The ALCTS President’s Program on Monday morning featured Erin McKean, lexicographer and founder of Wordnik, an online dictionary. She came right out and confessed to being a “data packrat” who keeps her Evernote files and Pinterest boards filled with text and images. “Only someone with as strong a data packrat drive as mine ends up as a lexicographer,” she quipped.
McKean described Wordnik as a resource that not only includes multiple definitions for words, but uses examples from numerous written and online sources. Her philosophy was expressed by 20th-century philosopher Ludwig Wittgenstein, who wrote, “The meaning of a word is its use in the language.” She said that if you rely too much on strict definitions, you wind up like Humpty Dumpty, who thinks a word “means just what I choose it to mean—neither more nor less.”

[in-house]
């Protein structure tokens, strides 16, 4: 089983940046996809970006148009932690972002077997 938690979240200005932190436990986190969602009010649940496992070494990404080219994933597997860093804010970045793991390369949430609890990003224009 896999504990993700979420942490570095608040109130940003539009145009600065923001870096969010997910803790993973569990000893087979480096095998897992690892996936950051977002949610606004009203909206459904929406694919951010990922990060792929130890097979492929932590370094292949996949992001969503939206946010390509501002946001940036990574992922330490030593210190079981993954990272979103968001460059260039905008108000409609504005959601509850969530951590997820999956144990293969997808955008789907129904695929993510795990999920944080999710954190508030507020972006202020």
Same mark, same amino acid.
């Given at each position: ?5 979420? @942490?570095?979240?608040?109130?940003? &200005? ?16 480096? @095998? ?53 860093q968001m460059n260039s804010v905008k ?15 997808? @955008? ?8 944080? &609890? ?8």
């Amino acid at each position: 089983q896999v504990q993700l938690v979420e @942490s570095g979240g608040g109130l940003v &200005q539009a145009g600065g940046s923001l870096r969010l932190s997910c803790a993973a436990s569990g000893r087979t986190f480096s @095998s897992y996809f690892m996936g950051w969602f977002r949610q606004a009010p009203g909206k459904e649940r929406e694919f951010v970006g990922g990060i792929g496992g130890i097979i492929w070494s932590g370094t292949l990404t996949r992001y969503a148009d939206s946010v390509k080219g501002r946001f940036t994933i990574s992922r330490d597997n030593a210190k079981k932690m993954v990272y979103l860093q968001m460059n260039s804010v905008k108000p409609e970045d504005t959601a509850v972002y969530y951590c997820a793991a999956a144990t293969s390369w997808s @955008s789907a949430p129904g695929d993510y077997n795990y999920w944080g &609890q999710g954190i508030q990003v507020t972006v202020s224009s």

Wordnik includes billons of words, but collecting them has become both more fun and more frustrating as the amount of online information escalates. “We expect that with more data and better tools, word harvesting is becoming Daft Punk style—harder, better, faster, stronger,” she said. “But it doesn’t work that way.”
Contrasting data packrats with “hoarders,” McKean speculated that packrats are more likely to share their data. “Hoarding is for the greater good so long as you have the basement space,” she said. “Archivists are hoarders with institutional backing.”
McKean encouraged librarians with unique datasets to contact her at email@example.com if they suspect a dataset might contain unique words or usage. “No word is too small,” she said.